Apparently, the biggest issue is that the prince is “white”. Well, here is the white prince:
Maybe it’s just my take, but he doesn’t seem outright “white” to me. He definitely is olive-toned, as Disney has said, and you could arguably say that he could be a light-skinned black man, a hispanic man, a dark-skinned white man, or even a biracial man. And in any case, does it really matter? Aren’t we supposed to be living in a post-racial world now, where skin color no longer matters? I would think that, even if the prince is supposed to be white, that it wouldn’t be a bad thing. Wouldn’t it be a positive to show that a couple can fall in love and live happily without the barriers of race?
The answer is no, it’s apparently not a positive for the race-baiting crowd. I would actually hazard a guess that Disney would’ve been criticized regardless of the skin color they’d chosen for the prince.
What really floors me are the accusations of racism over her original name and occupation. The character was originally named Maddy, which is supposedly RAAAAACIST!! because it’s similar to the slave name “Mammy”. Nevermind that Maddy was short for Madeleine, a French name. When you think about the French roots in New Orleans, doesn’t that make sense? And considering that her original job, a maid, is exactly the same as two white princesses, Snow White and Cinderella, can you really claim there’s racism there as well? The maid-to-princess story is classic. It’s not like Disney threw only Tiana into a job as a maid, while the rest of the (white) princesses led charmed lives. Only four of the princesses even started out as princesses (and only two of them were white!): Aurora, Ariel, Jasmine, and Pocahontas. Snow White, Cinderella, Belle, and Mulan all came from humble upbringings, and all of the princesses had to overcome adversity to win the heart of their respective princes.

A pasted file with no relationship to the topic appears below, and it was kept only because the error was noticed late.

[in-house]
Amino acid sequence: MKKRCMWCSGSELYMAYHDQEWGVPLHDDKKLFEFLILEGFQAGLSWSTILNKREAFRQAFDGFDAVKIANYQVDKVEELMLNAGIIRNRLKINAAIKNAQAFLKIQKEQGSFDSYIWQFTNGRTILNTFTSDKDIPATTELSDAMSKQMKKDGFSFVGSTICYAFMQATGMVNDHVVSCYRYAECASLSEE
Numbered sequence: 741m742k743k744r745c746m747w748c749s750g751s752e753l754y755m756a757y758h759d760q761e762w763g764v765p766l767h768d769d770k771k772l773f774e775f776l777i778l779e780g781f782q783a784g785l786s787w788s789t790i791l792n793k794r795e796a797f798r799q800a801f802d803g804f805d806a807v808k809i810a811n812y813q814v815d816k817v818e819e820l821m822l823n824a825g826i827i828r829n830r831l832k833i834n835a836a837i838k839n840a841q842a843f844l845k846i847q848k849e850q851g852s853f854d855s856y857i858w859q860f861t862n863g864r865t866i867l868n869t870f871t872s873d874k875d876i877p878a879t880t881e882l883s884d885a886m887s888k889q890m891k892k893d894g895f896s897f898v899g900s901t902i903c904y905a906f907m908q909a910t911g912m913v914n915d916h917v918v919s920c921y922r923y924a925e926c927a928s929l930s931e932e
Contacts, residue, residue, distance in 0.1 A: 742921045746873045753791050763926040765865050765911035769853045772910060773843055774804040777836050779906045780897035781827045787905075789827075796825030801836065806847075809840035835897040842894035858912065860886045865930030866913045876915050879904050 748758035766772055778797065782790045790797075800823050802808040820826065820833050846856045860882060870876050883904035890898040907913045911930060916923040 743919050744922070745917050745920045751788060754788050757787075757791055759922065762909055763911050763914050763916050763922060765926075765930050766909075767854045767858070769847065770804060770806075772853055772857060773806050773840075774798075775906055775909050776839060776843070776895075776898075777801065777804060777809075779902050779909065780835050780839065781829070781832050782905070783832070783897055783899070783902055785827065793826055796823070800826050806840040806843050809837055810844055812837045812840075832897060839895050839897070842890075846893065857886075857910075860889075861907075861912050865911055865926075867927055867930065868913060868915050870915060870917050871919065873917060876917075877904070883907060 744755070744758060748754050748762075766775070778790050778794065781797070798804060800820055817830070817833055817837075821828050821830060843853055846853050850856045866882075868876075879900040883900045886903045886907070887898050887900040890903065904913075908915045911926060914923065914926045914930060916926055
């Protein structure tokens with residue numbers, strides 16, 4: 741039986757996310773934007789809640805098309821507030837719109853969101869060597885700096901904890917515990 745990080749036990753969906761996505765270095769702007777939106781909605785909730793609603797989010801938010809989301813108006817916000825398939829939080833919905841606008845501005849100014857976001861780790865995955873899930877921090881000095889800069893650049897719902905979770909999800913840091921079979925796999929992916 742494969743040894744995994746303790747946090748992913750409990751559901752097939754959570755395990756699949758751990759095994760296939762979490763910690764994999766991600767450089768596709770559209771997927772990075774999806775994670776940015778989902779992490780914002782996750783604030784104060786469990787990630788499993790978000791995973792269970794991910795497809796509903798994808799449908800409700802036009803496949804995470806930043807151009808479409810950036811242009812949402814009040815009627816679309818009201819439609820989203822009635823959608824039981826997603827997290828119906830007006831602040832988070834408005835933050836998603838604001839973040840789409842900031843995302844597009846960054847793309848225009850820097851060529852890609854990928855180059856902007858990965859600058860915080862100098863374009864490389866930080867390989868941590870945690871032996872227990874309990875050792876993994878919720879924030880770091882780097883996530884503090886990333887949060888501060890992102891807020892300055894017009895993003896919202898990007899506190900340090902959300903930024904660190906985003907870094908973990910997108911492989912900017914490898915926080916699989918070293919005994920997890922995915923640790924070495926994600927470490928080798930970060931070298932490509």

Lastly, considering this movie has been in the works since 2006, I highly doubt it came about in an effort to cash in on the Obama presidency.
I personally think that all of the yammering from the RAAAAAACIST!! crowd is actually more racist in this situation. To automatically assume that race is a factor in everything is racist in and of itself, yes? It is not racist for a black woman to be a maid, nor is it racist for a white woman to be a maid. It’s a job. The name Maddy is not racist. Hell, a (WHITE) friend of mine has a daughter with that name. And if skin color is just that and nothing more, then why does it matter if the black princess ends up with a black man or a white man? Two Disney princesses went inter-species, for crying out loud. If Ariel and Belle could fall in love with someone of a different species and find ways to overcome that, then what is really so bad about dating someone of a different skin color?
These race-baiters need to grow up and move on. Racism is not lurking on every street corner, in every movie, and in every white person you see. I can guarantee, though, that if that’s what you’re looking for, you’re bound to find it every time.